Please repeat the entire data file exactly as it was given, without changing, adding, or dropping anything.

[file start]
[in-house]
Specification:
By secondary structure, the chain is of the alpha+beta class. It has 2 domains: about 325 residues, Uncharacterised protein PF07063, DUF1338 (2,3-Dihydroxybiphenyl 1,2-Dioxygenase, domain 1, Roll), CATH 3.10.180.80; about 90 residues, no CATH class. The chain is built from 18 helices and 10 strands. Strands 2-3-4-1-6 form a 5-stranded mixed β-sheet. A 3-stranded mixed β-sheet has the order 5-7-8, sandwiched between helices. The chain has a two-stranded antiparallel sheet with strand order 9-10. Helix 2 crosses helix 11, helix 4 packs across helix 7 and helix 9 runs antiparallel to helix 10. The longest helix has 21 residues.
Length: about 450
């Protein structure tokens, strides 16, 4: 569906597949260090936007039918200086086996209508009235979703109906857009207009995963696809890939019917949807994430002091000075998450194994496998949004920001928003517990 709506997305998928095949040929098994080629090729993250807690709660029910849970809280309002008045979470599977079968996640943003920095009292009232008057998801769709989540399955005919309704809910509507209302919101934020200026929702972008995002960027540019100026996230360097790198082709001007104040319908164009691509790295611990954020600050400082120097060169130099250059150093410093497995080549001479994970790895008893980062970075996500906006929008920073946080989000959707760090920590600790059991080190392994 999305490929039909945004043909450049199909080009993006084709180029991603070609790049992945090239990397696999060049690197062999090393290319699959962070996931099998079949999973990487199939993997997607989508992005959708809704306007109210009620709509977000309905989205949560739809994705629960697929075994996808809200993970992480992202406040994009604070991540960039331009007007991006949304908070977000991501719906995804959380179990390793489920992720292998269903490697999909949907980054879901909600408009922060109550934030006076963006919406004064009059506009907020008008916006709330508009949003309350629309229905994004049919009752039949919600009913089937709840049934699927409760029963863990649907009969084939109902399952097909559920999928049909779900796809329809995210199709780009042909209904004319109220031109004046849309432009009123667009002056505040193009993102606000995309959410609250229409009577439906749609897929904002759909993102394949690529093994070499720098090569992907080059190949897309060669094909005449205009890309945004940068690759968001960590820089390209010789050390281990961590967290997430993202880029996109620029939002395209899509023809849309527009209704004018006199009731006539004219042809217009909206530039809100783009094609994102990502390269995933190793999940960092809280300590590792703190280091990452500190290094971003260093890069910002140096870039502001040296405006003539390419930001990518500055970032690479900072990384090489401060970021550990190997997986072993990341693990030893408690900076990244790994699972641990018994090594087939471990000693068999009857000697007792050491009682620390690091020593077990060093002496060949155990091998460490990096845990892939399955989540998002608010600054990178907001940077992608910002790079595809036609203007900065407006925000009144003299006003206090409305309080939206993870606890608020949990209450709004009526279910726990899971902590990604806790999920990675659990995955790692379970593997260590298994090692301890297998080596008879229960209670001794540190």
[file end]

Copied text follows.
[in-house]
Specification:
By secondary structure, the chain is of the alpha+beta class. It has 2 domains: about 325 residues, Uncharacterised protein PF07063, DUF1338 (2,3-Dihydroxybiphenyl 1,2-Dioxygenase, domain 1, Roll), CATH 3.10.180.80; about 90 residues, no CATH class. The chain is built from 18 helices and 10 strands. Strands 2-3-4-1-6 form a 5-stranded mixed β-sheet. A 3-stranded mixed β-sheet has the order 5-7-8, sandwiched between helices. The chain has a two-stranded antiparallel sheet with strand order 9-10. Helix 2 crosses helix 11, helix 4 packs across helix 7 and helix 9 runs antiparallel to helix 10. The longest helix has 21 residues.
Length: about 450
């Protein structure tokens, strides 16, 4: 569906597949260090936007039918200086086996209508009235979703109906857009207009995963696809890939019917949807994430002091000075998450194994496998949004920001928003517990 709506997305998928095949040929098994080629090729993250807690709660029910849970809280309002008045979470599977079968996640943003920095009292009232008057998801769709989540399955005919309704809910509507209302919101934020200026929702972008995002960027540019100026996230360097790198082709001007104040319908164009691509790295611990954020600050400082120097060169130099250059150093410093497995080549001479994970790895008893980062970075996500906006929008920073946080989000959707760090920590600790059991080190392994 999305490929039909945004043909450049199909080009993006084709180029991603070609790049992945090239990397696999060049690197062999090393290319699959962070996931099998079949999973990487199939993997997607989508992005959708809704306007109210009620709509977000309905989205949560739809994705629960697929075994996808809200993970992480992202406040994009604070991540960039331009007007991006949304908070977000991501719906995804959380179990390793489920992720292998269903490697999909949907980054879901909600408009922060109550934030006076963006919406004064009059506009907020008008916006709330508009949003309350629309229905994004049919009752039949919600009913089937709840049934699927409760029963863990649907009969084939109902399952097909559920999928049909779900796809329809995210199709780009042909209904004319109220031109004046849309432009009123667009002056505040193009993102606000995309959410609250229409009577439906749609897929904002759909993102394949690529093994070499720098090569992907080059190949897309060669094909005449205009890309945004940068690759968001960590820089390209010789050390281990961590967290997430993202880029996109620029939002395209899509023809849309527009209704004018006199009731006539004219042809217009909206530039809100783009094609994102990502390269995933190793999940960092809280300590590792703190280091990452500190290094971003260093890069910002140096870039502001040296405006003539390419930001990518500055970032690479900072990384090489401060970021550990190997997986072993990341693990030893408690900076990244790994699972641990018994090594087939471990000693068999009857000697007792050491009682620390690091020593077990060093002496060949155990091998460490990096845990892939399955989540998002608010600054990178907001940077992608910002790079595809036609203007900065407006925000009144003299006003206090409305309080939206993870606890608020949990209450709004009526279910726990899971902590990604806790999920990675659990995955790692379970593997260590298994090692301890297998080596008879229960209670001794540190």